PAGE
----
Energy efficiency isn't quite as efficient as it's cracked up to be

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It's true that this information is from the US. It's also true that this shows more than a dash of Hayek's "fatal conceit". The idea that the clever people can plan things for us and we'll all go off and do them just as we're planned to do. Human beings don't really work like that which is why planning so often fails. But to the information itself: energy efficiency programmes don't have the effects the planners thought they would:

Conventional wisdom suggests that energy efficiency (EE) policies are beneficial because they induce investments that pay for themselves and lead to emissions reductions. However, this belief is primarily based on projections from engineering models. This paper reports on the results of an experimental evaluation of the nation’s largest residential EE program conducted on a sample of more than 30,000 households. The findings suggest that the upfront investment costs are about twice the actual energy savings. Further, the model-projected savings are roughly 2.5 times the actual savings. While this might be attributed to the “rebound” effect – when demand for energy end uses increases as a result of greater efficiency – the paper fails to find evidence of significantly higher indoor temperatures at weatherized homes. Even when accounting for the broader societal benefits of energy efficiency investments, the costs still substantially outweigh the benefits; the average rate of return is approximately -9.5% annually.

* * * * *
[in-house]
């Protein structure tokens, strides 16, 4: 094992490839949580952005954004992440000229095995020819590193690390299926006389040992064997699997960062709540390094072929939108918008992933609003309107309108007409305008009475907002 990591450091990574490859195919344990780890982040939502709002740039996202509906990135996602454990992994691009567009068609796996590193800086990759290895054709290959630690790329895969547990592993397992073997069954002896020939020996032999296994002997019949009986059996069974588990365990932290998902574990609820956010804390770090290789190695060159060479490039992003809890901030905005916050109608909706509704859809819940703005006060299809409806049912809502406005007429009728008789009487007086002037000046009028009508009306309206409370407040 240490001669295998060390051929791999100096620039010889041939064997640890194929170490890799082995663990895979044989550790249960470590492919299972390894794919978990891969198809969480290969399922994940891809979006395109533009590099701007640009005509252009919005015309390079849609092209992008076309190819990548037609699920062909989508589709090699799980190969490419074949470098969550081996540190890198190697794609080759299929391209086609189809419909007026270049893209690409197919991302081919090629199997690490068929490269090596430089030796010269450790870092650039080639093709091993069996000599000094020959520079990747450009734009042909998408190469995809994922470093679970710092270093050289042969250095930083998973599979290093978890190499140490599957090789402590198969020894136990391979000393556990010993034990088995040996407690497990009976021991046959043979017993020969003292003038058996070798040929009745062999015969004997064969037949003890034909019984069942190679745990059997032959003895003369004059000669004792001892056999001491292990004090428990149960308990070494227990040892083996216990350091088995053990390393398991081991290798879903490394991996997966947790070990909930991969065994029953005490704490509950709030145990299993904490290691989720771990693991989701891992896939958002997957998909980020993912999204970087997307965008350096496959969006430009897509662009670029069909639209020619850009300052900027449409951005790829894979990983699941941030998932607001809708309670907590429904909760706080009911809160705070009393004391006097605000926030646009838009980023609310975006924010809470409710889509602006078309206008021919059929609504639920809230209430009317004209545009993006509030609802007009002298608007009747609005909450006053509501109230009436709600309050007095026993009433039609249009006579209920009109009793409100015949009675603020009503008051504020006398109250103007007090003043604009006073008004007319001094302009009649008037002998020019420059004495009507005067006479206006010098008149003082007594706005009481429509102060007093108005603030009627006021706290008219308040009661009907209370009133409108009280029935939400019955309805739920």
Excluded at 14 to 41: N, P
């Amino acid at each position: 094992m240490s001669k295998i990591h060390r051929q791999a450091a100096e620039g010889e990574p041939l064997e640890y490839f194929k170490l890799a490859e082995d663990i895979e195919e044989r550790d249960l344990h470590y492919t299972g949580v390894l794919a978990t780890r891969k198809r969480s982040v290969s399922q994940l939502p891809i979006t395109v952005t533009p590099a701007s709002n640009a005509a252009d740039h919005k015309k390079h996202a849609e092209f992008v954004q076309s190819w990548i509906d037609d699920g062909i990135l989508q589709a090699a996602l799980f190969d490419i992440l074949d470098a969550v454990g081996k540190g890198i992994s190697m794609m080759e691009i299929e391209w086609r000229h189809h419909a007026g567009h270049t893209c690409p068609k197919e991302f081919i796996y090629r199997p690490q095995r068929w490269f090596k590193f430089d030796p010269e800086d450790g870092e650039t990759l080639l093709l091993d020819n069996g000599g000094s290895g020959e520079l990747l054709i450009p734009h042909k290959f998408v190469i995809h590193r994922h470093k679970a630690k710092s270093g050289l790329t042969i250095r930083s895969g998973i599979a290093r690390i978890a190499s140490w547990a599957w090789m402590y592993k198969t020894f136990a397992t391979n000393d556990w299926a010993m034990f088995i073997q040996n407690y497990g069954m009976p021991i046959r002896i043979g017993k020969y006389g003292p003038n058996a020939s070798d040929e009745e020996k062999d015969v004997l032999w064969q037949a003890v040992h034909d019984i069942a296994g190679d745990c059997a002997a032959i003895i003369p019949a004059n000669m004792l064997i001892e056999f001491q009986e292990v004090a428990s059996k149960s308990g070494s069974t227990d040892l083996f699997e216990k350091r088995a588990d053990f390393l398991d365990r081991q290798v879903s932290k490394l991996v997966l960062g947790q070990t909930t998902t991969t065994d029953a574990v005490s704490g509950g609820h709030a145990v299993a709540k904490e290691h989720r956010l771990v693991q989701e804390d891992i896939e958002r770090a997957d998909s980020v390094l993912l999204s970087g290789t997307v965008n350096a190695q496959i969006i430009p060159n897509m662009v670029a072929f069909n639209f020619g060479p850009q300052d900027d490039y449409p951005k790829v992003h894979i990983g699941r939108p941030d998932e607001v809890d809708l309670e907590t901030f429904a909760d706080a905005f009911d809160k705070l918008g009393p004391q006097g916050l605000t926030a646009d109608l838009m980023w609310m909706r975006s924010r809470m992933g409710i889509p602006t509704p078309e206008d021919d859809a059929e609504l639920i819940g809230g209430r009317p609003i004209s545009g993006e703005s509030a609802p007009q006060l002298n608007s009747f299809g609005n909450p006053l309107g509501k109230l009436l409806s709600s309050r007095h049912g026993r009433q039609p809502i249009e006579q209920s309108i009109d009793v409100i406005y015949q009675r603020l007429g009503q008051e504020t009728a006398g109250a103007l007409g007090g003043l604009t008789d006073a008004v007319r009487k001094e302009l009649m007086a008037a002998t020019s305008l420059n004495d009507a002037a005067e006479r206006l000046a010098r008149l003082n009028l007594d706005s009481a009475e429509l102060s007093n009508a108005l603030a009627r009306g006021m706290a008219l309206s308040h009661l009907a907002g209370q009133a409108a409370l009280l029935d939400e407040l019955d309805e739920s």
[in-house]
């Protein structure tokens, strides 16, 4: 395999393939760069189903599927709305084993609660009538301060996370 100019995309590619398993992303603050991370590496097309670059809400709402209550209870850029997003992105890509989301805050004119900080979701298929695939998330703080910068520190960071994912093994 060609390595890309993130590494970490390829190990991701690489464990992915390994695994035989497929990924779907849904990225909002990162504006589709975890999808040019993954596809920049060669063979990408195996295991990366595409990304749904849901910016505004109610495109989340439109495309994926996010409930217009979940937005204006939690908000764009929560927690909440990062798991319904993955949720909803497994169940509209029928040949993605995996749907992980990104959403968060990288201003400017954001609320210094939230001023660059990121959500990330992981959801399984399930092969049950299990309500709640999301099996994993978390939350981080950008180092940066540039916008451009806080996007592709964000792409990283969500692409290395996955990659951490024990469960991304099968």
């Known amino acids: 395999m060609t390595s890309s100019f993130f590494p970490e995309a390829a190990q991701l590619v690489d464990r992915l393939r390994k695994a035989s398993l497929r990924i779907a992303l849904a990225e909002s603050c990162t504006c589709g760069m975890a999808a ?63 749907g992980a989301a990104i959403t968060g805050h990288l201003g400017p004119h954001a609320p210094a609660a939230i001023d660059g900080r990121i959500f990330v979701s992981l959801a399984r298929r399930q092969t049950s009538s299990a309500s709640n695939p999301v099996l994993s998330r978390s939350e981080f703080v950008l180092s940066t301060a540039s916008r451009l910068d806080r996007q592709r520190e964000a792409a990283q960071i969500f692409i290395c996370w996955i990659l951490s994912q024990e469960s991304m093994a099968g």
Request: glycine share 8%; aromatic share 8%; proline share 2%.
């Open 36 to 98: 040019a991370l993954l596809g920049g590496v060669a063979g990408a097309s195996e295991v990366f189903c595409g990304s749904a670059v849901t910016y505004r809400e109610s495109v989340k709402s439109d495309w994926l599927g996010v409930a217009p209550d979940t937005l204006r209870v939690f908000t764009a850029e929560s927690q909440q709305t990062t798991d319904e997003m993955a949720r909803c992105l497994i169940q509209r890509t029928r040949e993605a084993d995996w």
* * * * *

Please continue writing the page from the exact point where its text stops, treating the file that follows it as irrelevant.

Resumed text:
What we are looking for in an investment is a positive rate of return of course. The idea that the outputs of whatever it is that we do are worth more than the original value of the resources we have to put into doing it. A negative rate of return is evidence that we shouldn't be doing this, whatever it is, because it is making us poorer.

Which is why, if action to deal with climate change there is going to be we have always insisted that that action should be a carbon tax. It's analagous to the argument over Greece and the euro. The horrendous economic pain there is because they must go through internal devaluation. That austerity: in order to screw down the price level for local labour. It's far easier, and there's a great deal less pain, if just the one price, the exchange rate, can be changed and thus realign the economy in a much simpler manner. So it is with the carbon tax and climate change. By changing that one price we make it rational to perform those tasks where the savings are greater than the costs. Including, of course, those social costs of carbon emissions.

We thus don't need to have armies of engineers making plans where the outcomes aren't going to live up to the hype. It becomes in the rational self-interest of each consumer to do those things which help and not to do those things which don't. So, consumers do those beneficial things.

We're generally of the view that government is best kept out of the operation of the economy. Yet even we agree that sometimes intervention is necessary. But when intervening, keep that intervention to the simplest action that will achieve the task: in both of these cases that means just the one single change to the price level and then let the market calculate out the implications of it.